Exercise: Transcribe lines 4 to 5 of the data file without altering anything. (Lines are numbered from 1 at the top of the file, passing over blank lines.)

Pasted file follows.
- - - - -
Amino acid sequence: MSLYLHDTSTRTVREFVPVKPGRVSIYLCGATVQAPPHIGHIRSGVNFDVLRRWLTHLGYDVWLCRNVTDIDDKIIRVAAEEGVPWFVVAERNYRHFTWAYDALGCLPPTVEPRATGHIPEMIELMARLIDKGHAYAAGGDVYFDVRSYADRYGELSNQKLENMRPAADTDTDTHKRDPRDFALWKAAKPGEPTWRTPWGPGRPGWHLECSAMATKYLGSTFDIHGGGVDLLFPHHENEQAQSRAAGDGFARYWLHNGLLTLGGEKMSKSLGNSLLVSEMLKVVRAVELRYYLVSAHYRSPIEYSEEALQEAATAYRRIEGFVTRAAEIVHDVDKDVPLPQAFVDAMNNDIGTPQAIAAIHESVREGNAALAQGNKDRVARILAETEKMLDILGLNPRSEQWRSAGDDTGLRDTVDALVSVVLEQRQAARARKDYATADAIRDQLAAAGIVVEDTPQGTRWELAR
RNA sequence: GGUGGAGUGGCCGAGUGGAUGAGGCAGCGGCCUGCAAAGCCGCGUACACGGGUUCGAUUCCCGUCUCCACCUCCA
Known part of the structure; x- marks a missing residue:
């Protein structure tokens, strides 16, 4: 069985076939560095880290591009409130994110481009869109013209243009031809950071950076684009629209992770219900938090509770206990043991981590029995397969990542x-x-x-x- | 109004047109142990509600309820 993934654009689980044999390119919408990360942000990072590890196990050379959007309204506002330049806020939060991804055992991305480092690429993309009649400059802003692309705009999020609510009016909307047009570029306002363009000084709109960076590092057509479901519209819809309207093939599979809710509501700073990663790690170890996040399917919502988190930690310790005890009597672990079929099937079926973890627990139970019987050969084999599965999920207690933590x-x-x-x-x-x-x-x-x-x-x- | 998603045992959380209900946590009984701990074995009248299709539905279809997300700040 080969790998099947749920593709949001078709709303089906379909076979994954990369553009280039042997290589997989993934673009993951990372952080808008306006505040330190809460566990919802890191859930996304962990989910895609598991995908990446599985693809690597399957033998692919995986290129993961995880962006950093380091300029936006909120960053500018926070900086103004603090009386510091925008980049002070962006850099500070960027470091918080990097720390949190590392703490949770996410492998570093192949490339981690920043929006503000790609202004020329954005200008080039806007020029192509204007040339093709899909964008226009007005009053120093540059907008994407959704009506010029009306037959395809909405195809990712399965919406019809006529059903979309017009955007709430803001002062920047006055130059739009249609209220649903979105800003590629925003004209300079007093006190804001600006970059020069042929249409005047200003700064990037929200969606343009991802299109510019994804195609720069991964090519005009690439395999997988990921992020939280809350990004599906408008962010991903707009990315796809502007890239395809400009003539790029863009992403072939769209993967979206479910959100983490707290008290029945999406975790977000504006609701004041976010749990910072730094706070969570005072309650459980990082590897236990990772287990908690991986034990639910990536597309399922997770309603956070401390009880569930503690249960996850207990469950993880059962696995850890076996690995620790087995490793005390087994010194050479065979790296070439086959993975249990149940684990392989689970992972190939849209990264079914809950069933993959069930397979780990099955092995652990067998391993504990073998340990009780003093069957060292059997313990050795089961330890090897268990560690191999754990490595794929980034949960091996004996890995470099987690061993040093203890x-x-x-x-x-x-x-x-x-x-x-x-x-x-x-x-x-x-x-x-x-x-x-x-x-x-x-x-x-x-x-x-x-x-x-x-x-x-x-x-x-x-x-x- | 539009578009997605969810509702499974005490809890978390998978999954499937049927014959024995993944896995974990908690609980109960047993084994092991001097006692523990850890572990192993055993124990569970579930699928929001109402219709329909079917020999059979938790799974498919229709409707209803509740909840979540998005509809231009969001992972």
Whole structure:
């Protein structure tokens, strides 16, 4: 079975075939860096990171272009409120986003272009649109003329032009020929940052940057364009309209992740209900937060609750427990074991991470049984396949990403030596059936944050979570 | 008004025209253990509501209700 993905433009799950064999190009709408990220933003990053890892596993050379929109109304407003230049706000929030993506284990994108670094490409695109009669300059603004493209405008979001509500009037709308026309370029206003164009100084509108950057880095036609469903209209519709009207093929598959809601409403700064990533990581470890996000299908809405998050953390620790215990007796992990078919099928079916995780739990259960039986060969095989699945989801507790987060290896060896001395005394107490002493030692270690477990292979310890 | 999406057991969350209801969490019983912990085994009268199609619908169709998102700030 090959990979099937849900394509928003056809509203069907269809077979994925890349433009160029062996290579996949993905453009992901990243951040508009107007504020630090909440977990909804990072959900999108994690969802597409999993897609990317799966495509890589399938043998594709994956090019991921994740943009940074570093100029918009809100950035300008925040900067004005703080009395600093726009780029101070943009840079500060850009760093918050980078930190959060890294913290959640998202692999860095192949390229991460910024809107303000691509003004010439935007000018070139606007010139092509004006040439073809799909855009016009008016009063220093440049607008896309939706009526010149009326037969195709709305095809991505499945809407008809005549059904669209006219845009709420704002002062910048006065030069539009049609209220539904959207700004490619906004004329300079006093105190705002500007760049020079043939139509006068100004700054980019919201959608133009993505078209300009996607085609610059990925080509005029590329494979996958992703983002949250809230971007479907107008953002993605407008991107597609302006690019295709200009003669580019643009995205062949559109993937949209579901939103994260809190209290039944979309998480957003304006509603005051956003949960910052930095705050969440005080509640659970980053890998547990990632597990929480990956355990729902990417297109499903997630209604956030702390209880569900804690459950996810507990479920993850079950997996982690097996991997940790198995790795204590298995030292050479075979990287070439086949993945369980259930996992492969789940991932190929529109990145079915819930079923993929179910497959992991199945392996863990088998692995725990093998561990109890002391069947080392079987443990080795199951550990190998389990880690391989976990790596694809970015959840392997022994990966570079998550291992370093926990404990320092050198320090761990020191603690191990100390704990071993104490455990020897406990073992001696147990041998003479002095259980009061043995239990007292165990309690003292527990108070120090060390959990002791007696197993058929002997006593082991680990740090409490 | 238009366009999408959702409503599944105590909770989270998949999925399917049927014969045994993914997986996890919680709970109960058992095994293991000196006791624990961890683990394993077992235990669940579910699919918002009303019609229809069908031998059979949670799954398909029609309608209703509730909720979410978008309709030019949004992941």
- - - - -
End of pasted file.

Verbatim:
């Protein structure tokens, strides 16, 4: 069985076939560095880290591009409130994110481009869109013209243009031809950071950076684009629209992770219900938090509770206990043991981590029995397969990542x-x-x-x- | 109004047109142990509600309820 993934654009689980044999390119919408990360942000990072590890196990050379959007309204506002330049806020939060991804055992991305480092690429993309009649400059802003692309705009999020609510009016909307047009570029306002363009000084709109960076590092057509479901519209819809309207093939599979809710509501700073990663790690170890996040399917919502988190930690310790005890009597672990079929099937079926973890627990139970019987050969084999599965999920207690933590x-x-x-x-x-x-x-x-x-x-x- | 998603045992959380209900946590009984701990074995009248299709539905279809997300700040 080969790998099947749920593709949001078709709303089906379909076979994954990369553009280039042997290589997989993934673009993951990372952080808008306006505040330190809460566990919802890191859930996304962990989910895609598991995908990446599985693809690597399957033998692919995986290129993961995880962006950093380091300029936006909120960053500018926070900086103004603090009386510091925008980049002070962006850099500070960027470091918080990097720390949190590392703490949770996410492998570093192949490339981690920043929006503000790609202004020329954005200008080039806007020029192509204007040339093709899909964008226009007005009053120093540059907008994407959704009506010029009306037959395809909405195809990712399965919406019809006529059903979309017009955007709430803001002062920047006055130059739009249609209220649903979105800003590629925003004209300079007093006190804001600006970059020069042929249409005047200003700064990037929200969606343009991802299109510019994804195609720069991964090519005009690439395999997988990921992020939280809350990004599906408008962010991903707009990315796809502007890239395809400009003539790029863009992403072939769209993967979206479910959100983490707290008290029945999406975790977000504006609701004041976010749990910072730094706070969570005072309650459980990082590897236990990772287990908690991986034990639910990536597309399922997770309603956070401390009880569930503690249960996850207990469950993880059962696995850890076996690995620790087995490793005390087994010194050479065979790296070439086959993975249990149940684990392989689970992972190939849209990264079914809950069933993959069930397979780990099955092995652990067998391993504990073998340990009780003093069957060292059997313990050795089961330890090897268990560690191999754990490595794929980034949960091996004996890995470099987690061993040093203890x-x-x-x-x-x-x-x-x-x-x-x-x-x-x-x-x-x-x-x-x-x-x-x-x-x-x-x-x-x-x-x-x-x-x-x-x-x-x-x-x-x-x-x- | 539009578009997605969810509702499974005490809890978390998978999954499937049927014959024995993944896995974990908690609980109960047993084994092991001097006692523990850890572990192993055993124990569970579930699928929001109402219709329909079917020999059979938790799974498919229709409707209803509740909840979540998005509809231009969001992972």
Whole structure: